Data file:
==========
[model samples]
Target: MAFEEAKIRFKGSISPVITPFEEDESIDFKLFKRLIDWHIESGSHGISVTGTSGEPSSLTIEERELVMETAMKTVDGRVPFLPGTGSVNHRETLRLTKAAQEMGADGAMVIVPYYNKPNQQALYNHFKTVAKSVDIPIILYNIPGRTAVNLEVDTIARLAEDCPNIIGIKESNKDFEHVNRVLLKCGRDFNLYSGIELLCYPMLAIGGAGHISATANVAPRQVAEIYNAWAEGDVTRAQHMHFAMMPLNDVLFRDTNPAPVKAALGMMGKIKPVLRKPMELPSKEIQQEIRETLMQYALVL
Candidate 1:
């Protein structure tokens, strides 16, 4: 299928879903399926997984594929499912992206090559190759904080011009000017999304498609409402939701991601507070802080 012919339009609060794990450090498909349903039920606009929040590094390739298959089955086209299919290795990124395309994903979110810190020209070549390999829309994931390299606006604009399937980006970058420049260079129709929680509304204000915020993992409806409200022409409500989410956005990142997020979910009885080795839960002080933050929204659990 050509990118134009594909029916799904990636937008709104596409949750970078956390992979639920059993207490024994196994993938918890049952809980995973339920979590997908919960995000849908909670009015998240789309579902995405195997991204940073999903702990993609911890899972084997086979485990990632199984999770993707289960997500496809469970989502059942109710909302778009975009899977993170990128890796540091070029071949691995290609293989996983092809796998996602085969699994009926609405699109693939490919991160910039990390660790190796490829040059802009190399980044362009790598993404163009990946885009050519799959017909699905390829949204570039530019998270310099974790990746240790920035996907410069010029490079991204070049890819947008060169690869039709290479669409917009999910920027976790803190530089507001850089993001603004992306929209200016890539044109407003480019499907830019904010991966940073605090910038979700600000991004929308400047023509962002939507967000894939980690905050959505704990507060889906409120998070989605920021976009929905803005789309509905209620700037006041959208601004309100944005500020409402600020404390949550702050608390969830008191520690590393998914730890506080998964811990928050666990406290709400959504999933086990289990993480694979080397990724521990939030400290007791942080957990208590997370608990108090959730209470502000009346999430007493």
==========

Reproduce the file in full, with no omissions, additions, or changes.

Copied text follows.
[model samples]
Target: MAFEEAKIRFKGSISPVITPFEEDESIDFKLFKRLIDWHIESGSHGISVTGTSGEPSSLTIEERELVMETAMKTVDGRVPFLPGTGSVNHRETLRLTKAAQEMGADGAMVIVPYYNKPNQQALYNHFKTVAKSVDIPIILYNIPGRTAVNLEVDTIARLAEDCPNIIGIKESNKDFEHVNRVLLKCGRDFNLYSGIELLCYPMLAIGGAGHISATANVAPRQVAEIYNAWAEGDVTRAQHMHFAMMPLNDVLFRDTNPAPVKAALGMMGKIKPVLRKPMELPSKEIQQEIRETLMQYALVL
Candidate 1:
């Protein structure tokens, strides 16, 4: 299928879903399926997984594929499912992206090559190759904080011009000017999304498609409402939701991601507070802080 012919339009609060794990450090498909349903039920606009929040590094390739298959089955086209299919290795990124395309994903979110810190020209070549390999829309994931390299606006604009399937980006970058420049260079129709929680509304204000915020993992409806409200022409409500989410956005990142997020979910009885080795839960002080933050929204659990 050509990118134009594909029916799904990636937008709104596409949750970078956390992979639920059993207490024994196994993938918890049952809980995973339920979590997908919960995000849908909670009015998240789309579902995405195997991204940073999903702990993609911890899972084997086979485990990632199984999770993707289960997500496809469970989502059942109710909302778009975009899977993170990128890796540091070029071949691995290609293989996983092809796998996602085969699994009926609405699109693939490919991160910039990390660790190796490829040059802009190399980044362009790598993404163009990946885009050519799959017909699905390829949204570039530019998270310099974790990746240790920035996907410069010029490079991204070049890819947008060169690869039709290479669409917009999910920027976790803190530089507001850089993001603004992306929209200016890539044109407003480019499907830019904010991966940073605090910038979700600000991004929308400047023509962002939507967000894939980690905050959505704990507060889906409120998070989605920021976009929905803005789309509905209620700037006041959208601004309100944005500020409402600020404390949550702050608390969830008191520690590393998914730890506080998964811990928050666990406290709400959504999933086990289990993480694979080397990724521990939030400290007791942080957990208590997370608990108090959730209470502000009346999430007493």